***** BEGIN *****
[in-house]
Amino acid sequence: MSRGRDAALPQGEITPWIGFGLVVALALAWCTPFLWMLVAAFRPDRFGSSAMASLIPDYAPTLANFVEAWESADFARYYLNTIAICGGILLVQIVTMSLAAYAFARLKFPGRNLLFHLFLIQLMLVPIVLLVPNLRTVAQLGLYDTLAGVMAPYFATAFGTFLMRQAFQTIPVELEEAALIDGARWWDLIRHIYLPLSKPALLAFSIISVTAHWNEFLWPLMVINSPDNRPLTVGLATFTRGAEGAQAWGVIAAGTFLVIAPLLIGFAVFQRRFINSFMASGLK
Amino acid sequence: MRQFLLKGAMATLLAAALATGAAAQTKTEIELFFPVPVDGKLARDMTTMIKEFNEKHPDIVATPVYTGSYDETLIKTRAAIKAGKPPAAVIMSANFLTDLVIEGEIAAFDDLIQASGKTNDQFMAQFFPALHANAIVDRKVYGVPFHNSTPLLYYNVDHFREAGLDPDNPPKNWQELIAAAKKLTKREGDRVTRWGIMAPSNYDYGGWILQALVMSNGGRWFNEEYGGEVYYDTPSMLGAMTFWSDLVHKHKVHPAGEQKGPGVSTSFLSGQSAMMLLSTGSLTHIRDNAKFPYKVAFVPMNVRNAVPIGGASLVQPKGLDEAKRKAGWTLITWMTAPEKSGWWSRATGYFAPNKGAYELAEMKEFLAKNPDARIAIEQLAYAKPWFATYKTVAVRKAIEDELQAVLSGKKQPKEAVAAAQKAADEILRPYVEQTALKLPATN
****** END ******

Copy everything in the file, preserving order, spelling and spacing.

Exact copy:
[in-house]
Amino acid sequence: MSRGRDAALPQGEITPWIGFGLVVALALAWCTPFLWMLVAAFRPDRFGSSAMASLIPDYAPTLANFVEAWESADFARYYLNTIAICGGILLVQIVTMSLAAYAFARLKFPGRNLLFHLFLIQLMLVPIVLLVPNLRTVAQLGLYDTLAGVMAPYFATAFGTFLMRQAFQTIPVELEEAALIDGARWWDLIRHIYLPLSKPALLAFSIISVTAHWNEFLWPLMVINSPDNRPLTVGLATFTRGAEGAQAWGVIAAGTFLVIAPLLIGFAVFQRRFINSFMASGLK
Amino acid sequence: MRQFLLKGAMATLLAAALATGAAAQTKTEIELFFPVPVDGKLARDMTTMIKEFNEKHPDIVATPVYTGSYDETLIKTRAAIKAGKPPAAVIMSANFLTDLVIEGEIAAFDDLIQASGKTNDQFMAQFFPALHANAIVDRKVYGVPFHNSTPLLYYNVDHFREAGLDPDNPPKNWQELIAAAKKLTKREGDRVTRWGIMAPSNYDYGGWILQALVMSNGGRWFNEEYGGEVYYDTPSMLGAMTFWSDLVHKHKVHPAGEQKGPGVSTSFLSGQSAMMLLSTGSLTHIRDNAKFPYKVAFVPMNVRNAVPIGGASLVQPKGLDEAKRKAGWTLITWMTAPEKSGWWSRATGYFAPNKGAYELAEMKEFLAKNPDARIAIEQLAYAKPWFATYKTVAVRKAIEDELQAVLSGKKQPKEAVAAAQKAADEILRPYVEQTALKLPATN